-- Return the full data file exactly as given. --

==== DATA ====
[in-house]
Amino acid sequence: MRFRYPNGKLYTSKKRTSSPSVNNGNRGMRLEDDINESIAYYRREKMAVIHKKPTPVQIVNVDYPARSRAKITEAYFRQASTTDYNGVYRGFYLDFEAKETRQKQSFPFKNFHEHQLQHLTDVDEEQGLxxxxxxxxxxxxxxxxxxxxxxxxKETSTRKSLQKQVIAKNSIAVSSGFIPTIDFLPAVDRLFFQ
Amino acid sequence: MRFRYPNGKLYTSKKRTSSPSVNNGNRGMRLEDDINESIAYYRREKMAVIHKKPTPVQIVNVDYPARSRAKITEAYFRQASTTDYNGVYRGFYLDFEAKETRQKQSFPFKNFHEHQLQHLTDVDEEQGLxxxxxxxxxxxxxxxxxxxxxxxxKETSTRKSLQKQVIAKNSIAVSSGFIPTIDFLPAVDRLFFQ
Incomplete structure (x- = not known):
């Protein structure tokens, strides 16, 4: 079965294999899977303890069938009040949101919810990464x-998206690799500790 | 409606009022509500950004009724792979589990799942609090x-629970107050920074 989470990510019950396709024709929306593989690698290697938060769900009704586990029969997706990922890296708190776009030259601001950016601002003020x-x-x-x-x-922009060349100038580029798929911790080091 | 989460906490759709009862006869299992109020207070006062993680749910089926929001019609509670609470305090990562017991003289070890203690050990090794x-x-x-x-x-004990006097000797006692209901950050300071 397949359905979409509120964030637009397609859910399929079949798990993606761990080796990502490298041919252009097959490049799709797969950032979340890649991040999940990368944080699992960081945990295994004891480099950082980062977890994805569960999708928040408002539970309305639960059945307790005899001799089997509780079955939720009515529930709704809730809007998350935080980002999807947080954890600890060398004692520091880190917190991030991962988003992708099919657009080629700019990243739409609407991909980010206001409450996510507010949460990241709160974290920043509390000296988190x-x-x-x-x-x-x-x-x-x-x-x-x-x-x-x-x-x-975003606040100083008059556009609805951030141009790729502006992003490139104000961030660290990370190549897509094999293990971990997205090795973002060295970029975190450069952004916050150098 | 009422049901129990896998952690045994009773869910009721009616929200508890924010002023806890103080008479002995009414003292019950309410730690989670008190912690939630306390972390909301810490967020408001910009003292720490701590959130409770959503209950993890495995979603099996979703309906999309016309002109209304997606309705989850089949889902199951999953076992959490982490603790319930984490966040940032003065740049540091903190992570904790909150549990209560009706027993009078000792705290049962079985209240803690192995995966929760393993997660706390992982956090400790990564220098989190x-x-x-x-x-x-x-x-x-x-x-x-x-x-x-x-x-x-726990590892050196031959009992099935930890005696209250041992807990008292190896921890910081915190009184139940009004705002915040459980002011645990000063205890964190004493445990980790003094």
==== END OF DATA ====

[in-house]
Amino acid sequence: MRFRYPNGKLYTSKKRTSSPSVNNGNRGMRLEDDINESIAYYRREKMAVIHKKPTPVQIVNVDYPARSRAKITEAYFRQASTTDYNGVYRGFYLDFEAKETRQKQSFPFKNFHEHQLQHLTDVDEEQGLxxxxxxxxxxxxxxxxxxxxxxxxKETSTRKSLQKQVIAKNSIAVSSGFIPTIDFLPAVDRLFFQ
Amino acid sequence: MRFRYPNGKLYTSKKRTSSPSVNNGNRGMRLEDDINESIAYYRREKMAVIHKKPTPVQIVNVDYPARSRAKITEAYFRQASTTDYNGVYRGFYLDFEAKETRQKQSFPFKNFHEHQLQHLTDVDEEQGLxxxxxxxxxxxxxxxxxxxxxxxxKETSTRKSLQKQVIAKNSIAVSSGFIPTIDFLPAVDRLFFQ
Incomplete structure (x- = not known):
């Protein structure tokens, strides 16, 4: 079965294999899977303890069938009040949101919810990464x-998206690799500790 | 409606009022509500950004009724792979589990799942609090x-629970107050920074 989470990510019950396709024709929306593989690698290697938060769900009704586990029969997706990922890296708190776009030259601001950016601002003020x-x-x-x-x-922009060349100038580029798929911790080091 | 989460906490759709009862006869299992109020207070006062993680749910089926929001019609509670609470305090990562017991003289070890203690050990090794x-x-x-x-x-004990006097000797006692209901950050300071 397949359905979409509120964030637009397609859910399929079949798990993606761990080796990502490298041919252009097959490049799709797969950032979340890649991040999940990368944080699992960081945990295994004891480099950082980062977890994805569960999708928040408002539970309305639960059945307790005899001799089997509780079955939720009515529930709704809730809007998350935080980002999807947080954890600890060398004692520091880190917190991030991962988003992708099919657009080629700019990243739409609407991909980010206001409450996510507010949460990241709160974290920043509390000296988190x-x-x-x-x-x-x-x-x-x-x-x-x-x-x-x-x-x-975003606040100083008059556009609805951030141009790729502006992003490139104000961030660290990370190549897509094999293990971990997205090795973002060295970029975190450069952004916050150098 | 009422049901129990896998952690045994009773869910009721009616929200508890924010002023806890103080008479002995009414003292019950309410730690989670008190912690939630306390972390909301810490967020408001910009003292720490701590959130409770959503209950993890495995979603099996979703309906999309016309002109209304997606309705989850089949889902199951999953076992959490982490603790319930984490966040940032003065740049540091903190992570904790909150549990209560009706027993009078000792705290049962079985209240803690192995995966929760393993997660706390992982956090400790990564220098989190x-x-x-x-x-x-x-x-x-x-x-x-x-x-x-x-x-x-726990590892050196031959009992099935930890005696209250041992807990008292190896921890910081915190009184139940009004705002915040459980002011645990000063205890964190004493445990980790003094």